Foot-and-mouth disease is particularly difficult to battle because the
virus can travel not only via live animals, but also on the wind, on
clothing and footwear, on contaminated vehicles and equipment, in uncooked
and undercooked meat products, and in manure," she said.
"If the disease was introduced into Texas, and we halted livestock movement
immediately, we have a chance at stopping the spread of the disease. Until
now, commissioners had to hold an emergency meeting in order to enact
widespread livestock movement restrictions," she said. The emergency
response regulations also authorize the slaughter and disposal of infected
and exposed animals, and provide for the TAHC to assist owners with
obtaining any indemnity funds available from the state or federal
In a foreign animal disease outbreak, Dr. Logan explained that the Texas
Emergency Response Team will lead the initial charge. This special-duty
team, she said, is comprised of the TAHC and Texas-based staff from the
U.S. Department of Agriculture's Animal and Plant Health Inspection
Services, Veterinary Services (USDA-APHIS-VS). Early this spring, the
TAHC gained additional support when it joined the 31-member State
Emergency Management Council. Under a governor's disaster declaration, the
TAHC can access the equipment, manpower and expertise of member agencies,
including the Department of Public Safety, National Guard, or Texas
Department of Highways. Twenty-one member agencies participated in a mock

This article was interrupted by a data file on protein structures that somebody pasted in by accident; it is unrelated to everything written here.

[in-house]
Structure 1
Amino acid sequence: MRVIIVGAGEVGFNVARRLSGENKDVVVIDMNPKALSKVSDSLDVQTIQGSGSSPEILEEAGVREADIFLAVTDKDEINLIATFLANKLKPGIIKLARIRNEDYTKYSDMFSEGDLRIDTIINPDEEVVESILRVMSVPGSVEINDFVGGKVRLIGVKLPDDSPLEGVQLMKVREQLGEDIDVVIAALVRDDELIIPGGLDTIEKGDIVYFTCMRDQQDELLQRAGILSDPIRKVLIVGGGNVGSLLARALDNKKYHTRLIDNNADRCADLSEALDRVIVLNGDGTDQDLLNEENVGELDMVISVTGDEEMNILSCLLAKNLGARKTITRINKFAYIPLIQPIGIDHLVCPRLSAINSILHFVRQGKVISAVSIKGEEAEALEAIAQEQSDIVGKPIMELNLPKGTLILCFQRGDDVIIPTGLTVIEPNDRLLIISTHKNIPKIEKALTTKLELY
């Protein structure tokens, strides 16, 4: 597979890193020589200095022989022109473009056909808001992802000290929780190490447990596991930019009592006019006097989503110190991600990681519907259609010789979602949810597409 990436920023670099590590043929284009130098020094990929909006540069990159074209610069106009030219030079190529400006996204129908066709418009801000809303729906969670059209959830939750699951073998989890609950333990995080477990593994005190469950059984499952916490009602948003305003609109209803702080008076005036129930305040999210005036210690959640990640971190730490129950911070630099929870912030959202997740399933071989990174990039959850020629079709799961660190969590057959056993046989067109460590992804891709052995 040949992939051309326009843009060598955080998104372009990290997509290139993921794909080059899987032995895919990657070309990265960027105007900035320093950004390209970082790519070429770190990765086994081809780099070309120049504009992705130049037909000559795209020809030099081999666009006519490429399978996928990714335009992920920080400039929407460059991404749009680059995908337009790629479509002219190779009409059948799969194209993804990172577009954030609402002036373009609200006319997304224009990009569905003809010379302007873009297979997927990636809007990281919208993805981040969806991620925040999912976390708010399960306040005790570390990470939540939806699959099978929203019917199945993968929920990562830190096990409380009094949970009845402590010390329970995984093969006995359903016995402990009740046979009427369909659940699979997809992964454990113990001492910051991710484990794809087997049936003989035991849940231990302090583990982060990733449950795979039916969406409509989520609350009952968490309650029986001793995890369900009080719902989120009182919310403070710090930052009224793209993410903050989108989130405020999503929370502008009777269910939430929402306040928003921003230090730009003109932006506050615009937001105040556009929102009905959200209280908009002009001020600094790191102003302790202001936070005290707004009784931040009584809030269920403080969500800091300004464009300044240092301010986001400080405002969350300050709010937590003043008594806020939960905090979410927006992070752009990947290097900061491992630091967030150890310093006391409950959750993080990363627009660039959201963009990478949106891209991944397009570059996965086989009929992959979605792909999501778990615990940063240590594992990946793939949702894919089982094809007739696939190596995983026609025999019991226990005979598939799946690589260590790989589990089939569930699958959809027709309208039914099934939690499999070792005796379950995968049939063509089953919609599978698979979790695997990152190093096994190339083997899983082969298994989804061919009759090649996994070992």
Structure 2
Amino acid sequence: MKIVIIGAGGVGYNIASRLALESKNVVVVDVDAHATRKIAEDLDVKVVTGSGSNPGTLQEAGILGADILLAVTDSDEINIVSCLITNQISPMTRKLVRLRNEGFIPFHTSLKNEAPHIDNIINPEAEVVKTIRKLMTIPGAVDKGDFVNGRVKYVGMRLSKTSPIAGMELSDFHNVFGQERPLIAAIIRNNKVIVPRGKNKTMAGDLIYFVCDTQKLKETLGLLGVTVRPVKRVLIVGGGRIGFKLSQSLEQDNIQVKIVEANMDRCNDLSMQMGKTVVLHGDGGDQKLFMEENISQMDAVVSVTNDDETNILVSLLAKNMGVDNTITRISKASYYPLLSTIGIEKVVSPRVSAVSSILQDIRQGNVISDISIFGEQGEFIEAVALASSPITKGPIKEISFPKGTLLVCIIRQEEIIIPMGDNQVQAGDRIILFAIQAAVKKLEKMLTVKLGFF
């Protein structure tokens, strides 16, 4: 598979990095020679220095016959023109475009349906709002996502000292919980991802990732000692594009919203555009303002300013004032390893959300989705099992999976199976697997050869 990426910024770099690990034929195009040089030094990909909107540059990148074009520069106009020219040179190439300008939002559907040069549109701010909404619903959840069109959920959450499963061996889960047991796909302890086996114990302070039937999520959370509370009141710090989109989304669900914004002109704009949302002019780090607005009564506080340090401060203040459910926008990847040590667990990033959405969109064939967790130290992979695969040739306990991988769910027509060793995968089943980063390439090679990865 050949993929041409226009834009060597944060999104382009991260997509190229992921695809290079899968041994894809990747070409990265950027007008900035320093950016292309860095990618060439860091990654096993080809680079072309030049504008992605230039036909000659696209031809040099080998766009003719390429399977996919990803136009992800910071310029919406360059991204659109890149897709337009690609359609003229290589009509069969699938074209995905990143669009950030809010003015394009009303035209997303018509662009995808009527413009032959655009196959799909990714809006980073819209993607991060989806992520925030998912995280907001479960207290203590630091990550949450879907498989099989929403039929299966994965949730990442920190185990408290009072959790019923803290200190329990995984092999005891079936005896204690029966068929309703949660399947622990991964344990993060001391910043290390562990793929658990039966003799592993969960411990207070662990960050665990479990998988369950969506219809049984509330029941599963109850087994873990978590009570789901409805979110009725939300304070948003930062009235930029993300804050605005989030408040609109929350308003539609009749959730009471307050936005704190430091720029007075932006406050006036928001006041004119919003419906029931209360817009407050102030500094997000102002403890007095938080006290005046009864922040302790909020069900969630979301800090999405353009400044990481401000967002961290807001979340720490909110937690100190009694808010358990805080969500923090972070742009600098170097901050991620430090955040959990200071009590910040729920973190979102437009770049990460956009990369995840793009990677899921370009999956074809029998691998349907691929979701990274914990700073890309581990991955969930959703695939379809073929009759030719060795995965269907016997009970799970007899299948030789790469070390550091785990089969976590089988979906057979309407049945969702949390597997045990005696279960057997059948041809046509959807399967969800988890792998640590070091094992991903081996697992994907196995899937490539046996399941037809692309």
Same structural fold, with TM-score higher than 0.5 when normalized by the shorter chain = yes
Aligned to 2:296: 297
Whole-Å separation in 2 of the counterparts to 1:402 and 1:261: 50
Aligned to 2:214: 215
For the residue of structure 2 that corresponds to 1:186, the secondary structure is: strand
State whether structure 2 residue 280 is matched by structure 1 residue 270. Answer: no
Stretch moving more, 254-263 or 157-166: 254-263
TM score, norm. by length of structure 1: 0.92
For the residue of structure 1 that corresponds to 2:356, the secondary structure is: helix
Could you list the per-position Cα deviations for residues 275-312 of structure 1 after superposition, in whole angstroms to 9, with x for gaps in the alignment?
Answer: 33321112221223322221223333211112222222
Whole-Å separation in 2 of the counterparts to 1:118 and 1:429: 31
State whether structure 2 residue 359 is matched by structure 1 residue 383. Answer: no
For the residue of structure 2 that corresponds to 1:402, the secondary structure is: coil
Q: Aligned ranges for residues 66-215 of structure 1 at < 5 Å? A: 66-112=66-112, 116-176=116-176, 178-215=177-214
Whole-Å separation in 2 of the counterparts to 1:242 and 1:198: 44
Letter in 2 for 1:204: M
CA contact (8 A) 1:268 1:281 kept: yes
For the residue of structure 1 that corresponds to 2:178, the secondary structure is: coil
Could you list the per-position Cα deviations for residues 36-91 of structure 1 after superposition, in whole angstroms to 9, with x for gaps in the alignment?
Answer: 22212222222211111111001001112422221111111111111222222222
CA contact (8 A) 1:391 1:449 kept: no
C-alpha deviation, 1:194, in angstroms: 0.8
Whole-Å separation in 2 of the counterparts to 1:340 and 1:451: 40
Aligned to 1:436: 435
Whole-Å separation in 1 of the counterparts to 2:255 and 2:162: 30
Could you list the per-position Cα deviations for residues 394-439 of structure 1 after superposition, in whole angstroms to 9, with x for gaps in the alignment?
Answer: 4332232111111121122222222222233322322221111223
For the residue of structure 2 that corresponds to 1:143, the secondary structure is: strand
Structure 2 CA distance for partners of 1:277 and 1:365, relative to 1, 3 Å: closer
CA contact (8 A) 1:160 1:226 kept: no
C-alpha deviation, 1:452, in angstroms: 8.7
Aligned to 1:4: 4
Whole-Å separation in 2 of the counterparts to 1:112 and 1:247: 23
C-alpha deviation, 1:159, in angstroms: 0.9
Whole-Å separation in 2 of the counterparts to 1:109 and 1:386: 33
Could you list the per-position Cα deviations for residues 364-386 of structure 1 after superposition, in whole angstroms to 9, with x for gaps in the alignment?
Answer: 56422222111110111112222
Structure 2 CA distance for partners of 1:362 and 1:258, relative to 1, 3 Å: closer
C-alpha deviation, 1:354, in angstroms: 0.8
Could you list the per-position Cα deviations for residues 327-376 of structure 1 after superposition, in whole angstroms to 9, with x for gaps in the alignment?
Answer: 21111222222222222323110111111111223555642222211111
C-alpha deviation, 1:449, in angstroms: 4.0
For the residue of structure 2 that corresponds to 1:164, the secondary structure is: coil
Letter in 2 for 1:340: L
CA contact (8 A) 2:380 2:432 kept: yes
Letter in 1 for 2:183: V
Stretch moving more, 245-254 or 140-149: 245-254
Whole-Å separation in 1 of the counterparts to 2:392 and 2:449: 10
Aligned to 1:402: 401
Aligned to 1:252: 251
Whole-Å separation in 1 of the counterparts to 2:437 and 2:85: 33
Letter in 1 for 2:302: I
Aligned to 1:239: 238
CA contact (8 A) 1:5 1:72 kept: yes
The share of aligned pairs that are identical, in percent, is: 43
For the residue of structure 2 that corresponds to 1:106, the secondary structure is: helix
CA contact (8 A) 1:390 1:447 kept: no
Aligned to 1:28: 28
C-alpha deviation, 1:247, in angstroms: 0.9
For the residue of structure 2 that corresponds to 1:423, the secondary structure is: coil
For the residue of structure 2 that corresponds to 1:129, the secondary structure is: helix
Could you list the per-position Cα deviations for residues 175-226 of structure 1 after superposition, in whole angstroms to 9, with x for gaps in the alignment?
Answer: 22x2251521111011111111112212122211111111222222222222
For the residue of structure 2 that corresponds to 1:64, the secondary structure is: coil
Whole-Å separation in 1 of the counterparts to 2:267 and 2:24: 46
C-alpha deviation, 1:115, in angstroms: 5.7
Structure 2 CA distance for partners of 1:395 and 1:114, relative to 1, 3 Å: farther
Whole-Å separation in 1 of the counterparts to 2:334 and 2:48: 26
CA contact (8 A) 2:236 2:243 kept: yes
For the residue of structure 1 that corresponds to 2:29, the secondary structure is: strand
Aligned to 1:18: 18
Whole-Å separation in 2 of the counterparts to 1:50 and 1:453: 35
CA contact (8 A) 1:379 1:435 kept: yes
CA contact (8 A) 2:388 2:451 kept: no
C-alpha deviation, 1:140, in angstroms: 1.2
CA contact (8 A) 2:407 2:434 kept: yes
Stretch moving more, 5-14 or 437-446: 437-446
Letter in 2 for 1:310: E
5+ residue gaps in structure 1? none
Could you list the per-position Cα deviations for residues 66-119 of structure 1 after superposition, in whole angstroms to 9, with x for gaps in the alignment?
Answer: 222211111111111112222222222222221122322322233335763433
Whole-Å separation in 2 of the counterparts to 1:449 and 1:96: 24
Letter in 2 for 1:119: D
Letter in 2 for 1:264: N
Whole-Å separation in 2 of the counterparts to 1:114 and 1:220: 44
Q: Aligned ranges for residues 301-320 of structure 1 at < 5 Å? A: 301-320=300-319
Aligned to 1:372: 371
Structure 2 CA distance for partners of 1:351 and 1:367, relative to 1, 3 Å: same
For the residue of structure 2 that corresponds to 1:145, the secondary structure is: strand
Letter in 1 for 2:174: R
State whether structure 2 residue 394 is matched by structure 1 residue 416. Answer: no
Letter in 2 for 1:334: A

foot-and-mouth disease exercise in late June in College Station to hone
teamwork and responsiveness.
"We were particularly pleased to have the participation of livestock
industry groups and TAHC commissioners in this simulated outbreak
exercise," commented Dr. Logan.
"Thanks to USDA funding, six TAHC veterinarians and several private
veterinary practitioners in Texas also spent month-long stints in Great
Britain during the outbreak to learn how firsthand to fight this disease,"
said Dr. Logan, who noted that foot-and-mouth disease has been eradicated
in the U.S. since l929.
"Great Britain had been free of foot-and-mouth disease since 1967, and it's
thought that this year's outbreak was started when hogs in the nothern part
of the country were fed illegally imported meat that was contaminated with
foot and mouth disease virus. To prevent this potential mode of
transmission in Texas, the state legislature this year outlawed the feeding
of any meat scraps to pigs," she said.
"Regulations, laws and extra manpower and equipment are helpful in an
outbreak, but they will never take the place of our first line of defense:
the livestock owner and private veterinary practitioner. Keeping a sharp
eye on livestock and promptly reporting any unusual signs of disease could
save billions of dollars in the long run," said Dr. Logan. "Our hotline,
operated cooperatively by the USDA and TAHC is available 24 hours a day. A
foreign animal disease diagnostician is always on call and can be reached
by calling the toll-free number,1-800-550-8242. There is no charge by the
USDA or TAHC for conducting a foreign animal disease investigation."